www.littlelonely.com
LITTLE LONELY: When everyone was listening to Linda Ronstadt, there were people off in a parallel universe listening to Vandy, Karen Dalton and other organic singers lost to time and tide. Such organic sounds has resurrected under the hubris of Americana and indie, but they are offbeat just the same. This isn't to say these girls weren't making compelling music--it just had no chance of breaking through for any number of reasons. With a lot of the risen crème of the LA indie world lending a hand, they came for to play. This is one of those organic folk/rock things that grabs you when you least expect it and doesn't let go. Beginning her career playing in a funeral home when she was 11, you wouldn't want Ms. Lonely to lose her skewed view of things at this point, would you? Subversively mellow stuff that's masking the explosion below. Check it out, it's a winner throughout. - Midwest Record


Who would have thought that some offbeat, funky musicians based in the City of Angels would save heartland American Country Music?  Really.  Pop crap slid over from rock ‘n roll and migrated to Country in recent years. Someone needed to save it.
I’m aware of the current nomenclature of Americana/Roots music but it’s inadequate.
I see the word Americana and I think of old paintings lacking perspective and stuff that got good seemingly for just getting old. Roots? That implies the early stuff in the hill country and down in the bayou.
No, no, no. What’s going on is better than just a yearning for the past.  It’s unique artists living in this world, right now, seeing it through clear eyes or at least eyes fogged by their own vision, pain and maybe substance abuse.  But it’s here. Today.
If it’s a lot like something last week or last century it’s because time rolls on but people don’t change.  Human nature’s the same. Even lonesomeness in the era of “social” media. Maybe especially now.

Little Lonely (Julie Cain, formerly performing as Bitsy Lee)
 Little Lonely  (Release on June 25 but you can hear it online now.)
The sounds of US 40 close this album.  That’s right. The actual hum of a road and the weather, thunder sometimes. It’s a good metaphor for Little Lonely’s Little Lonely.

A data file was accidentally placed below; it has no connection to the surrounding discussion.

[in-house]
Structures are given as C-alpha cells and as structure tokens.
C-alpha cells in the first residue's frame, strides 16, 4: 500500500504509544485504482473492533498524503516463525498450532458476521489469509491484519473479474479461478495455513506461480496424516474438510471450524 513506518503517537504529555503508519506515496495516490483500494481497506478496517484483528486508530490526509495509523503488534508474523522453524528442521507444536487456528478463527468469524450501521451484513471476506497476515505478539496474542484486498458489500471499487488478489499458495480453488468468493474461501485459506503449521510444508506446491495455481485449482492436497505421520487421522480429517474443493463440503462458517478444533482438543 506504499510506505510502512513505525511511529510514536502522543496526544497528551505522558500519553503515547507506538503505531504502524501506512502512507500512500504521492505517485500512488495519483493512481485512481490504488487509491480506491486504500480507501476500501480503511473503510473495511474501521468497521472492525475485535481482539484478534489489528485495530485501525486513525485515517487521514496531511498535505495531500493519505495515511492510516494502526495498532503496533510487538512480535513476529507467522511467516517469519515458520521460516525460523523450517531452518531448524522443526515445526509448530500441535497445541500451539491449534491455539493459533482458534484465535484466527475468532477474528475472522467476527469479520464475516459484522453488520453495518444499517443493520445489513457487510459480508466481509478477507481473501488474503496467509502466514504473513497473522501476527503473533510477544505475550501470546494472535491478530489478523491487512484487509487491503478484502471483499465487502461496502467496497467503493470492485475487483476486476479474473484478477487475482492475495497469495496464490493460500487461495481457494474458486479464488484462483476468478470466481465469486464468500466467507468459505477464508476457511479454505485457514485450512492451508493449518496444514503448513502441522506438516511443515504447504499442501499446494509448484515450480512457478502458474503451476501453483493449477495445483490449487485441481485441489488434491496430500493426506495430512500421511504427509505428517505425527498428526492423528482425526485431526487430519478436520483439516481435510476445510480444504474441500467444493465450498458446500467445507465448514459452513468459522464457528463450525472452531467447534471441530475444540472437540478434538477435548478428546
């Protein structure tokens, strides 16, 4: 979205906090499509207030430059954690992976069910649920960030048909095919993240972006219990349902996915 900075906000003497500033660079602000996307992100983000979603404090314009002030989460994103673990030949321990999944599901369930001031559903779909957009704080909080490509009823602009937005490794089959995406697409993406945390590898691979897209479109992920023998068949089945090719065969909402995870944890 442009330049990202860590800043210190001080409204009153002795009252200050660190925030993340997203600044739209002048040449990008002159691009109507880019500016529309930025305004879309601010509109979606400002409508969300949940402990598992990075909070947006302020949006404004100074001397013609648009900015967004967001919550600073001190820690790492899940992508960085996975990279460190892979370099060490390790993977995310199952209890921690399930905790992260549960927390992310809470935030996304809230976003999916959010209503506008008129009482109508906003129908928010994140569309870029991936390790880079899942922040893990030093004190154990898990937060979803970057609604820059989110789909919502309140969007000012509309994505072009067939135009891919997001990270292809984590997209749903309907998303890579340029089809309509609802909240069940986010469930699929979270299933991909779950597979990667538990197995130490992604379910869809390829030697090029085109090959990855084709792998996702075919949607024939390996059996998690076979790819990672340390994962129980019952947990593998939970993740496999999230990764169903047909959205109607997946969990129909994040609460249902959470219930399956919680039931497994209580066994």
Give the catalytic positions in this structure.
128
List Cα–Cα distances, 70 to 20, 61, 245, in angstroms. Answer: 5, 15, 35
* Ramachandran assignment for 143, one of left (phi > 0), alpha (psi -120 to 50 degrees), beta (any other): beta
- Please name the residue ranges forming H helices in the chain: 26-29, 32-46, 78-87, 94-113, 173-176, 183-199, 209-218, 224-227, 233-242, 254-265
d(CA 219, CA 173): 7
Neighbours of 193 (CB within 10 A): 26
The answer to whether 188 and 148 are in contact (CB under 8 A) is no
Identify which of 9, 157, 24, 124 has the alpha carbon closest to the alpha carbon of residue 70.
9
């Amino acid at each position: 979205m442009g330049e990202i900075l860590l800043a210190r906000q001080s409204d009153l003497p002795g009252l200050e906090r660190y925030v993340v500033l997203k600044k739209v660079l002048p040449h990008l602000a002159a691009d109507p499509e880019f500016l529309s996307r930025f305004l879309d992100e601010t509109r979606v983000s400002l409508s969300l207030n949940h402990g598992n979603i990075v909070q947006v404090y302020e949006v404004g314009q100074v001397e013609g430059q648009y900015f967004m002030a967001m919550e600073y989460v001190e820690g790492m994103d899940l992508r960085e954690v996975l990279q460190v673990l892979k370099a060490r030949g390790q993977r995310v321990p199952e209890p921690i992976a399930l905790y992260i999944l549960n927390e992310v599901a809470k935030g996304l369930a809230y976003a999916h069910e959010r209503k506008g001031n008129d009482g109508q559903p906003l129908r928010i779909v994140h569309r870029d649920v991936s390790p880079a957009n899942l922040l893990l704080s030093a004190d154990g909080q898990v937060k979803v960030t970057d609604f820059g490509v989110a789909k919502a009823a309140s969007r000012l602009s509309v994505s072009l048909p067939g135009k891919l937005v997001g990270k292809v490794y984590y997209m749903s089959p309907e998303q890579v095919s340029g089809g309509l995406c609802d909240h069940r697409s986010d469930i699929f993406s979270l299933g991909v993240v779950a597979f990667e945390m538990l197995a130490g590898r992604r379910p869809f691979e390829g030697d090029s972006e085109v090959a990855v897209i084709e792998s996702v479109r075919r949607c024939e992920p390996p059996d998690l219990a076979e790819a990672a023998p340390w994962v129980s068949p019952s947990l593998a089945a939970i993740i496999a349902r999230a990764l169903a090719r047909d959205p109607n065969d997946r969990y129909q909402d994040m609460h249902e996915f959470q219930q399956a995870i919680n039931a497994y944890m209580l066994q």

There are roads that run through the outskirts of towns you never see. There are beauty parlors where we go “to feel a whole lot better when we’re new” but we never do.
There are country carnivals that are sad behind the bright lights but it’s even sadder when they leave town.  Just like that “pointless fling” that’s passed.
There’s a strangeness “to living between point A and point B.“ Or maybe beyond points where “truth is always a railroad.”
There are songs of betrayal when he “wouldn’t dare” take her to the room you share.  “I swear she’ll never get past the top stair.”
There’s an artist here who knows what a rich metaphor “stairs” are and uses it twice. There’s a thinker who wonders if Jesus is out by the pool then “who is gonna be your God?”  Nobody?  Good luck with that.
There’s a musical sense that employs throbbing electric guitars riffs in places, soft mandolin in others and sometimes together, brassy horns, mournful pedal steel guitar, twelve-string and, in one place, an absolutely spooky organ.
There’s this unique little voice that is somehow powerful.  What can I compare it to, or whom? Do I even want to? She’s worth hearing without suggestion.  But since critics are supposed to do stuff like that: wait for just a trace of Dolly Parton at her softest, a smidgen of Cyndi Lauper.
Nah, like them she’s her own self.
She can sing about the “burial ground of feeling” but she hasn’t stopped feeling. She’s unsparing –  maybe when you get old you’re just “a slower version of yourself”  — but she’ll give you a smile just as quickly.  “Accidents happen, they do.” Ok, it’s dark humor but it’s funny.